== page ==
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hool, when the Jews greedily absorbed the philosophy of the Greeks. This was Mr. S. H. Butcher, the well-known Greek scholar. She enjoyed his visit greatly, and they talked high and disposedly of things classical and modern. May 28. My meeting of Women Ministers. They gathered very slowly and I feared that it would prove a failure, but soon we had a good number. Mary Graves helped me very much.... Afterwards I felt a malignant fatigue and depression, not caring to do anything. In June she received the first of her collegiate honors, the degree of Doctor of Laws, conferred by Tufts College. This gratified her deeply, and she describes the occasion at length, noting that she was favored with the Tufts yell twice. Lawrence Evans came, and Harry Hall. .. I read the part of my speech about which I had hesitated, about our trying to put an end to the Turkish horrors. It was the best of the speech. Seeking divine aid before I made my remarks, I suddenly said to myself, Chri
ors, the degree of Doctor of Laws, conferred by Tufts College. This gratified her deeply, and she describes the occasion at length, noting that she was favored with the Tufts yell twice. Lawrence Evans came, and Harry Hall. .. I read the part of my speech about which I had hesitated, about our trying to put an end to the Turkish horrors. It was the best of the speech. Seeking divine aid before I made my remarks, I suddenly said to myself, Christ, my brother I never felt it before. June 16. Maud would not allow me to attend Quincy Mansion School Commencement, to my sincere regret. The fatigue of yesterday was excessive, and my dear child knew that another such occasion would be likely to make me ill. Charles G. Ames came, from whom I first learned the death of Mrs. Cheney's sister, Mary Frank Littlehale; the funeral set for today.... Dear E. D. C. seemed gratified at seeing me and asked me to say a few words.... She thanked me very earnestly for what I had said, and I at las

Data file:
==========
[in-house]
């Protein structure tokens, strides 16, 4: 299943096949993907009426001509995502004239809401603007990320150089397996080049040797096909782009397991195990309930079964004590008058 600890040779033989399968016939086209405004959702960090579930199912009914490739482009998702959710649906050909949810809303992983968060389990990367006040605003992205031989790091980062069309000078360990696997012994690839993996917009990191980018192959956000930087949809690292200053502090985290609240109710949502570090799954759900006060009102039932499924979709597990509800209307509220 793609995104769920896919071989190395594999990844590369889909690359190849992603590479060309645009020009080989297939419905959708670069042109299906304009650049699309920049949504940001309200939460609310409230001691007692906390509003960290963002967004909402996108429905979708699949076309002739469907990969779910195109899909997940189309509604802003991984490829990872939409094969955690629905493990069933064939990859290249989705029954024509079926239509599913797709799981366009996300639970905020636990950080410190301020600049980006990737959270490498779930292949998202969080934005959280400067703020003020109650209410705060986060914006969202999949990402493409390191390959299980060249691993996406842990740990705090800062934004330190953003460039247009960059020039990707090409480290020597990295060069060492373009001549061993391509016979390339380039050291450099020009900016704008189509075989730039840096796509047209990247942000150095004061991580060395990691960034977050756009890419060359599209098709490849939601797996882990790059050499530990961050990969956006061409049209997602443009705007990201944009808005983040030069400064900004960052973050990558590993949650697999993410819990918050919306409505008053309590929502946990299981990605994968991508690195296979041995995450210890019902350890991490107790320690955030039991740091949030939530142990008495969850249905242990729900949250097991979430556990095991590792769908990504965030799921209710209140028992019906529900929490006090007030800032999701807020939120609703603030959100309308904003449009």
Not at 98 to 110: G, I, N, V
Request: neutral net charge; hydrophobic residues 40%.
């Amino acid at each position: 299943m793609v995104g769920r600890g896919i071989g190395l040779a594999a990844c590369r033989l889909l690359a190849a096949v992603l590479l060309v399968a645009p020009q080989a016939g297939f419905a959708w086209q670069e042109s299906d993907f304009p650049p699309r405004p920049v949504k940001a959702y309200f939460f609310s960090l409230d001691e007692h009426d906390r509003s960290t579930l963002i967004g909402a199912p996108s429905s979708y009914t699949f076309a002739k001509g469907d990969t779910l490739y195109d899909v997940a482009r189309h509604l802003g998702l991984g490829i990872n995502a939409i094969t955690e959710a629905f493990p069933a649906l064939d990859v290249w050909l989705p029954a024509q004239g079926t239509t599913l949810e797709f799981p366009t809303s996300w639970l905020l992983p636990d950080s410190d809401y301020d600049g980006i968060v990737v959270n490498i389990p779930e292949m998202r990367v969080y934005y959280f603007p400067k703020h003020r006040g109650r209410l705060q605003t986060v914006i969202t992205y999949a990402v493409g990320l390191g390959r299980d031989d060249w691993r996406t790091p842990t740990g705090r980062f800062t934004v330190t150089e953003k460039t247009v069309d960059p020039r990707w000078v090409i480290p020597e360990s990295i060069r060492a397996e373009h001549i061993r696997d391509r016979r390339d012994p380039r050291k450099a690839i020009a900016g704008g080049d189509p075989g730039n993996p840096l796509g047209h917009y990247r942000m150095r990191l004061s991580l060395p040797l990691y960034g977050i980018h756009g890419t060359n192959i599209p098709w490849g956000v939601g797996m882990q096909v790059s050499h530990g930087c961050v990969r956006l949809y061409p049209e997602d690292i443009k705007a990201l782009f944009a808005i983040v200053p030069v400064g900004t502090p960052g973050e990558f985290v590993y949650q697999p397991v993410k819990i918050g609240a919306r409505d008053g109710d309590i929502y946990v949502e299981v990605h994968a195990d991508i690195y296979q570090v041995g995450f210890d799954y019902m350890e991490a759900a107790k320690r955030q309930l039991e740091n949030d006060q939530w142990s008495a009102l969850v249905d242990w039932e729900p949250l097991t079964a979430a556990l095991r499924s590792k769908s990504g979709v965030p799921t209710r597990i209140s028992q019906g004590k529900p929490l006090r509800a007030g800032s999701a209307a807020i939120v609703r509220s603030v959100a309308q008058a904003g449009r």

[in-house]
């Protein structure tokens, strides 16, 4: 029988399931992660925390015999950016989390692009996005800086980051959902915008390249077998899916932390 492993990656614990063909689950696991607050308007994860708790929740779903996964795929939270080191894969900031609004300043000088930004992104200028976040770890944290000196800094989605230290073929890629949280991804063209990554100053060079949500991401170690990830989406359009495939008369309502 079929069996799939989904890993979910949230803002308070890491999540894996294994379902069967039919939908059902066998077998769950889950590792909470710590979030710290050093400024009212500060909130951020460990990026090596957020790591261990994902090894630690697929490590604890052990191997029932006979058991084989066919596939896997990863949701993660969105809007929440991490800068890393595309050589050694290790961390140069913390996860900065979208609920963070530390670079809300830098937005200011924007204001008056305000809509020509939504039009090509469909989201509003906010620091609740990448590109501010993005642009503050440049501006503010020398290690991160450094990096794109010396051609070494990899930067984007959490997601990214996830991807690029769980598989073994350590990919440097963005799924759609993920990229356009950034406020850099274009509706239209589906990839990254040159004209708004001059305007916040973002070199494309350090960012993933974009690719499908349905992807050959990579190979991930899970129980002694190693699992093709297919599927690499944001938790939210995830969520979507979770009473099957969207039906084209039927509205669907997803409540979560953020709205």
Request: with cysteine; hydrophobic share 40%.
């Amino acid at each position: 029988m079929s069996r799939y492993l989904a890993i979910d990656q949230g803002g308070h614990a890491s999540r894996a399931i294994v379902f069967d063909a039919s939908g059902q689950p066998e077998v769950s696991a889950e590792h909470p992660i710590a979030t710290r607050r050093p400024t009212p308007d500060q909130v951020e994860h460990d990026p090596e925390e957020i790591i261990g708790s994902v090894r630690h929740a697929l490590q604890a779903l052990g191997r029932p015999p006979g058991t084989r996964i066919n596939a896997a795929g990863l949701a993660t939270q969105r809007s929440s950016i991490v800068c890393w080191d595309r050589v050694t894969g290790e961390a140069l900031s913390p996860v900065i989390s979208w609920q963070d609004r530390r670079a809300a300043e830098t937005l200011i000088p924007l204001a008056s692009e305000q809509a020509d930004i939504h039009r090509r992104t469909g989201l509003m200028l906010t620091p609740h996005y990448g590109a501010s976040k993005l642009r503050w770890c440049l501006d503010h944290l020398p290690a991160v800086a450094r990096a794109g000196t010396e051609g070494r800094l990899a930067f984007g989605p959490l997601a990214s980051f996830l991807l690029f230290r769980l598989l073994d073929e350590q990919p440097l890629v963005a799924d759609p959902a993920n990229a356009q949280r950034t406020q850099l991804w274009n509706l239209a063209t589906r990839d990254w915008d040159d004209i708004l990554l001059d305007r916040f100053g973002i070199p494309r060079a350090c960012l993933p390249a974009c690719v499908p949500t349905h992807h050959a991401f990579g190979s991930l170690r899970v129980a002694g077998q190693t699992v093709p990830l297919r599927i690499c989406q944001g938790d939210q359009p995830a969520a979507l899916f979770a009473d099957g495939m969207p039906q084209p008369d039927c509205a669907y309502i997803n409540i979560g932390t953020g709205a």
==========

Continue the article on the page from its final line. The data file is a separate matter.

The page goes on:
ttle blind nursery to the affectionate regard of seeing people. The children did exceedingly well, especially the orchestra. The little blind 'cellist was remarkable. May 2. Dreamed last night that I was dead and kept saying, I found it out immediately, to those around me..... May 28. My prayer for the new year of my life beginning to-day is, that in some work that I shall undertake I may help to make clear the goodness of God to some who need to know more of it than they do.... June 22. Mabel Loomis Todd wrote asking me for a word to enclose in the corner-stone of the new observatory building at Amherst [Massachusetts]. I have just sent her the following:--The stars against the tyrant fought In famous days of old; The stars in freedom's banner wrought Shall the wide earth enfold. June 23. Kept within doors by the damp weather. Read in William James's book, Varieties of Religious Experience. ... Had a strange fatigue-a restlessness in my brain. June 25.... The Jame
new year of my life beginning to-day is, that in some work that I shall undertake I may help to make clear the goodness of God to some who need to know more of it than they do.... June 22. Mabel Loomis Todd wrote asking me for a word to enclose in the corner-stone of the new observatory building at Amherst [Massachusetts]. I have just sent her the following:--The stars against the tyrant fought In famous days of old; The stars in freedom's banner wrought Shall the wide earth enfold. June 23. Kept within doors by the damp weather. Read in William James's book, Varieties of Religious Experience. ... Had a strange fatigue-a restlessness in my brain. June 25.... The James book which I finished yesterday left in my mind a painful impression of doubt; a God who should be only my better self, or an impersonal pervading influence. These were suggestions which left me very lonely and forlorn. To-day, as I thought it all over, the God of Abraham, Isaac, and Jacob seemed to come ba
ey do.... June 22. Mabel Loomis Todd wrote asking me for a word to enclose in the corner-stone of the new observatory building at Amherst [Massachusetts]. I have just sent her the following:--The stars against the tyrant fought In famous days of old; The stars in freedom's banner wrought Shall the wide earth enfold. June 23. Kept within doors by the damp weather. Read in William James's book, Varieties of Religious Experience. ... Had a strange fatigue-a restlessness in my brain. June 25.... The James book which I finished yesterday left in my mind a painful impression of doubt; a God who should be only my better self, or an impersonal pervading influence. These were suggestions which left me very lonely and forlorn. To-day, as I thought it all over, the God of Abraham, Isaac, and Jacob seemed to come back to me; the God of Christ, and his saints and martyrs. I said to myself: Let me be steeped in the devotion of the Psalms, and of Paul's Epistles! I took up Coquerel's